The May issue of Stormwater, a journal for surface water quality professionals, features an article by a research team from the Department of Geography and Geology which addressed “Stormwater Remediation in a Karst Watershed.”
Led by Dr. John All, an associate professor of geography who also holds a J.D. in environmental law, the team included world-renowned cave analyst and associate director of the Hoffman Institute Pat Kambesis, undergraduate geology major Ronson Elrod of Russellville and geography-environmental planning major Jeremy Goldsmith of Prospect, who graduated in August 2008.
As detailed in the article, Bowling Green, along with thousands of other small municipalities across the United States, became responsible for Phase II implementation of stormwater regulations under the National Pollutant Discharge Elimination System (NPDES) in 2003. As a part of its Phase II program, the city installed a structural water-quality device (SWQD) at the entrance of Bypass Cave, which is part of the Lost River karst groundwater basin.
As part of its ongoing study of Bypass Cave, the team collected a set of water samples before installation of the SWQD to establish a water-quality baseline. An assessment of the cave passage followed in order to document the impact of stormwater flow and surface debris, with a second set of samples collected a year after the device was installed.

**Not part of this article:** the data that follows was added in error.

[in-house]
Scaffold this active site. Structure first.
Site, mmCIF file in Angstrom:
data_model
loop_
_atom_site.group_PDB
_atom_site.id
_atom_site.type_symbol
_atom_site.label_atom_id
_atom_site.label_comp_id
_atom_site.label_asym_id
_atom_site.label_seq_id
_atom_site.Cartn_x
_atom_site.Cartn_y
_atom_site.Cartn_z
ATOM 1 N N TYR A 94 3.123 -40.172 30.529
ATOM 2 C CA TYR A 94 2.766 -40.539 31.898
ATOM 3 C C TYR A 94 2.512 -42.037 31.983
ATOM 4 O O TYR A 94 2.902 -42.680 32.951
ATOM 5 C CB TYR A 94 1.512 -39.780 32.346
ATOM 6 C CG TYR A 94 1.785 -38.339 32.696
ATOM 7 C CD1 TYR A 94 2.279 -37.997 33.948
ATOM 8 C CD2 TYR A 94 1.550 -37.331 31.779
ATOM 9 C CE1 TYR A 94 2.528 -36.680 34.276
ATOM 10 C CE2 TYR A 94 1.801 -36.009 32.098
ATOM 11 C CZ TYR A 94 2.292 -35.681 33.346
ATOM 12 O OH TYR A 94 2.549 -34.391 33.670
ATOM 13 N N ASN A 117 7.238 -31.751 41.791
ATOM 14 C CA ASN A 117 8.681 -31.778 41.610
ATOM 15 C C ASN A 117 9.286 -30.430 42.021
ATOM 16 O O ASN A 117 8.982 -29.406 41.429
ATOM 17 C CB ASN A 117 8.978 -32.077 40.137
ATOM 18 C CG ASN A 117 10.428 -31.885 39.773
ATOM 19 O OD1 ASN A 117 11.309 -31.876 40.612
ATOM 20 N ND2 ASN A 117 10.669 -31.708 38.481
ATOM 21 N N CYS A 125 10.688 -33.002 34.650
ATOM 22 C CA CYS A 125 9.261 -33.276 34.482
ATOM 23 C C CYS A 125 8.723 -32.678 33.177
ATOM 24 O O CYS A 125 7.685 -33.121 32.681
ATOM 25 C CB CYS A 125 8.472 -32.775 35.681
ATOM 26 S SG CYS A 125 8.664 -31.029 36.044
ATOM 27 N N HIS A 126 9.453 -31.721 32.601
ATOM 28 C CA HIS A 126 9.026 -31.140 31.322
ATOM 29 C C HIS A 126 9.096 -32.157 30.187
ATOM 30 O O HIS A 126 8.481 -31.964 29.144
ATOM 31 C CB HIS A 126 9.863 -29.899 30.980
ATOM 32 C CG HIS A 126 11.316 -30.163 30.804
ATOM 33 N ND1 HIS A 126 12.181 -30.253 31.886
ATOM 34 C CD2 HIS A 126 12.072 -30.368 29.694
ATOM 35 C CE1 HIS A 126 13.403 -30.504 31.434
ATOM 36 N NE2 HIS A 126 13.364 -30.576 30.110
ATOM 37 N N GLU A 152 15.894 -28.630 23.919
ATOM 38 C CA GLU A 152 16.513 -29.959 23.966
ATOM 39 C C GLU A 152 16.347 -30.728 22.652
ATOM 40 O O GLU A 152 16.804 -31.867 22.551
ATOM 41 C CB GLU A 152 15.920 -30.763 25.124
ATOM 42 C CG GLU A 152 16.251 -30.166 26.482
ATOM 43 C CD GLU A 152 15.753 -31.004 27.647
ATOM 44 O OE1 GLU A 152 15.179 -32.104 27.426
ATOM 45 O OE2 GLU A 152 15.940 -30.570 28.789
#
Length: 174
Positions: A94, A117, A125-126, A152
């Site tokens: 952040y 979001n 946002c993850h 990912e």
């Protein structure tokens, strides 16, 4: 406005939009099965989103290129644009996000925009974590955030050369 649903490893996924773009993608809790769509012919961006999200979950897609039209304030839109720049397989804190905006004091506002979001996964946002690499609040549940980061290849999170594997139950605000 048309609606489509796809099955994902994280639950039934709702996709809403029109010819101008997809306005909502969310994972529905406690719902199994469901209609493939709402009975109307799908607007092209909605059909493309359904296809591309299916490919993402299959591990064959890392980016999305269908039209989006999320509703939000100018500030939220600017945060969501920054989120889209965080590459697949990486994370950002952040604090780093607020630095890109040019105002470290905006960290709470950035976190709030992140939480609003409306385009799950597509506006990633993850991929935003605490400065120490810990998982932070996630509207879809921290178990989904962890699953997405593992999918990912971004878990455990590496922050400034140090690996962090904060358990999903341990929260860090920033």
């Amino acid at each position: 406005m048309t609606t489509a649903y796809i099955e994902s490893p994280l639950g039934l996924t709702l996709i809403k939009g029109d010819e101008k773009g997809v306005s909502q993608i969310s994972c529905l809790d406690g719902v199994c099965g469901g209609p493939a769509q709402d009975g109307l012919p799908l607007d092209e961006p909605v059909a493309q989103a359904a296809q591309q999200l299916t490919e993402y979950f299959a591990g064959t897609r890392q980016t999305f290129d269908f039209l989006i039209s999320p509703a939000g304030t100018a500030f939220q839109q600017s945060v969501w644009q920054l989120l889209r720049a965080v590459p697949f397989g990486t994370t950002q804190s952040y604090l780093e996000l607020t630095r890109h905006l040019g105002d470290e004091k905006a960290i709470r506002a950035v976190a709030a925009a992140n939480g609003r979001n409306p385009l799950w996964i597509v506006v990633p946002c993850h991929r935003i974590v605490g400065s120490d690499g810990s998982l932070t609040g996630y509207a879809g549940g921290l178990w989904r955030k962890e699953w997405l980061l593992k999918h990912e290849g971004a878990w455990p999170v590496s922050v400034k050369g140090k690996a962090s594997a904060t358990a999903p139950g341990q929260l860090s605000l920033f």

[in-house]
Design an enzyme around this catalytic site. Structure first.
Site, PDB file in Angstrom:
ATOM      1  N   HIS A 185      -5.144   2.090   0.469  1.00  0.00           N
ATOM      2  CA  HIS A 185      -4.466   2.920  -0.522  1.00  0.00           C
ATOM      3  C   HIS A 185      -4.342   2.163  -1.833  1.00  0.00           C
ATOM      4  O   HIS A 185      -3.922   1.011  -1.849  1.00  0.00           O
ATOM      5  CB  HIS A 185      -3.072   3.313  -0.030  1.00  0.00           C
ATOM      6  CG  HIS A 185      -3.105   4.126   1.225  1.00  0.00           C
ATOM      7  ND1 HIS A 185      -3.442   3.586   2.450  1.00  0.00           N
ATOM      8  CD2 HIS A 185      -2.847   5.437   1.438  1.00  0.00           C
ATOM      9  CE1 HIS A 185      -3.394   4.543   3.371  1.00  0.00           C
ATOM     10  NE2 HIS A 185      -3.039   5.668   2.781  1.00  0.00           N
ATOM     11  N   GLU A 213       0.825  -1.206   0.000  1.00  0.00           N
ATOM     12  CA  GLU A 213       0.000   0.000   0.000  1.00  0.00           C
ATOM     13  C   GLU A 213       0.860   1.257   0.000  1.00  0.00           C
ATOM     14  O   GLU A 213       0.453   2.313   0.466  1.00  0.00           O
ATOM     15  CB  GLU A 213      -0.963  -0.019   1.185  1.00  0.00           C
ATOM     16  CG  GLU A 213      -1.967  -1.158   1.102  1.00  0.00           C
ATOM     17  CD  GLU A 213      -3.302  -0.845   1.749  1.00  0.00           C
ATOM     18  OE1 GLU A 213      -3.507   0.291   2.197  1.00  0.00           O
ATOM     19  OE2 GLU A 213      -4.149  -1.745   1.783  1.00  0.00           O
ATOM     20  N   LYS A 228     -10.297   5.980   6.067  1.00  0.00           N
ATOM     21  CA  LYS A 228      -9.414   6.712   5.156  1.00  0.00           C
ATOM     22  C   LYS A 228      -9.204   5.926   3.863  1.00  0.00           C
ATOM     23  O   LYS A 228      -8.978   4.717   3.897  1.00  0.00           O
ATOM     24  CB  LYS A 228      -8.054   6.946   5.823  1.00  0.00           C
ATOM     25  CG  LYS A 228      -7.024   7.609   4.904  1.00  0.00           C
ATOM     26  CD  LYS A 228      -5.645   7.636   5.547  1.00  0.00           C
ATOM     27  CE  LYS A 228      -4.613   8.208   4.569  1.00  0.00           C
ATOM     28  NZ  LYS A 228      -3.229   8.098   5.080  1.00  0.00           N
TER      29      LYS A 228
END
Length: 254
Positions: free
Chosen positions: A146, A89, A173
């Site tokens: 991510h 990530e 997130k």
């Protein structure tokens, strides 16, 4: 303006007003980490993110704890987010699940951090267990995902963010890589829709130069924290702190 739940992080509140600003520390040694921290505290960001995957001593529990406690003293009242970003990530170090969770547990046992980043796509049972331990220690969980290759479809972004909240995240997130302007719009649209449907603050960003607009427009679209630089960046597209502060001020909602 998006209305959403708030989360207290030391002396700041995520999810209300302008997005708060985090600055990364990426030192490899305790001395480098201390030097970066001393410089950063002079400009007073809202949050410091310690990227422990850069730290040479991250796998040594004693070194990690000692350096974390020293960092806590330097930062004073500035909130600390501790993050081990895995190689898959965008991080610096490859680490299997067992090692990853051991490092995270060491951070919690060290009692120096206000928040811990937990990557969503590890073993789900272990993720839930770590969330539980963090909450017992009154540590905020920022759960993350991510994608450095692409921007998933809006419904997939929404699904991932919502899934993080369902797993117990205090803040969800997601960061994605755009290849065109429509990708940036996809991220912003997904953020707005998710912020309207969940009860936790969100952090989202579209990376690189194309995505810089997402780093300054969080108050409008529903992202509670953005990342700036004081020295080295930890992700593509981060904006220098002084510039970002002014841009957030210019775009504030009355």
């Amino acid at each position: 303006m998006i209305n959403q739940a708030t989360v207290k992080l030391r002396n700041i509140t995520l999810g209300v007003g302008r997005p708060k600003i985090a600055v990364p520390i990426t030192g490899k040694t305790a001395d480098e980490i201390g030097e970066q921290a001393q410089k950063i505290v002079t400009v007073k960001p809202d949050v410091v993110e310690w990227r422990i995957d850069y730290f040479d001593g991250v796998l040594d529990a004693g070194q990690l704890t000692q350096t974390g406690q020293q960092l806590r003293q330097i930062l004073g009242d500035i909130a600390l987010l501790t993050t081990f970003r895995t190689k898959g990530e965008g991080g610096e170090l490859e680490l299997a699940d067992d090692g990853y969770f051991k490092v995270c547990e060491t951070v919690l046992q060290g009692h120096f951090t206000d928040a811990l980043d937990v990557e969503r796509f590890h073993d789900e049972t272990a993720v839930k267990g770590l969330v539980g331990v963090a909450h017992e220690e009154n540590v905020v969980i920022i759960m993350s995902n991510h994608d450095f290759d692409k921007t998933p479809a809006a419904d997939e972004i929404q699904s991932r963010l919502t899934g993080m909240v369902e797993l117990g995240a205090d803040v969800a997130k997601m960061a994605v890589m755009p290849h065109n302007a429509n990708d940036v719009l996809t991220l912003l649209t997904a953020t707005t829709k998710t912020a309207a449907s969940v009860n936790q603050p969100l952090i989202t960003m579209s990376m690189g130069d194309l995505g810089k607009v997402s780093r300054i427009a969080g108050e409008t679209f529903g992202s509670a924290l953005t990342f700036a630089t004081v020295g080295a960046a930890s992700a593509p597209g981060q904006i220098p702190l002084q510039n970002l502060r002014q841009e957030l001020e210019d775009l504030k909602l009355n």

In its conclusions, the team noted that based on two sets of water samples collected before and after installation of the SWQD, the device does not appear to have improved the quality of the water within the cave, nor did it effectively filter any trash to keep it from entering the cave. The initial results from this research project have proved critical for evaluating stormwater mitigation activities in Bowling Green and elsewhere, as it seems that much of the pollution (i.e., fecal coliform) entering the cave cannot be directly tied to stormwater flows as previously hypothesized.
“Applied research involving students that addresses important environmental issues facing our communities is a core element of our academic mission,” said Geography and Geology Department Head Dr. David Keeling. “By bringing together faculty and students who considered geographical, geological, environmental, and technical issues, among others, this research project has raised awareness about the challenges facing our region in managing stormwater more effectively.”
Contact: Dr. John All at (270) 745-5975 or firstname.lastname@example.org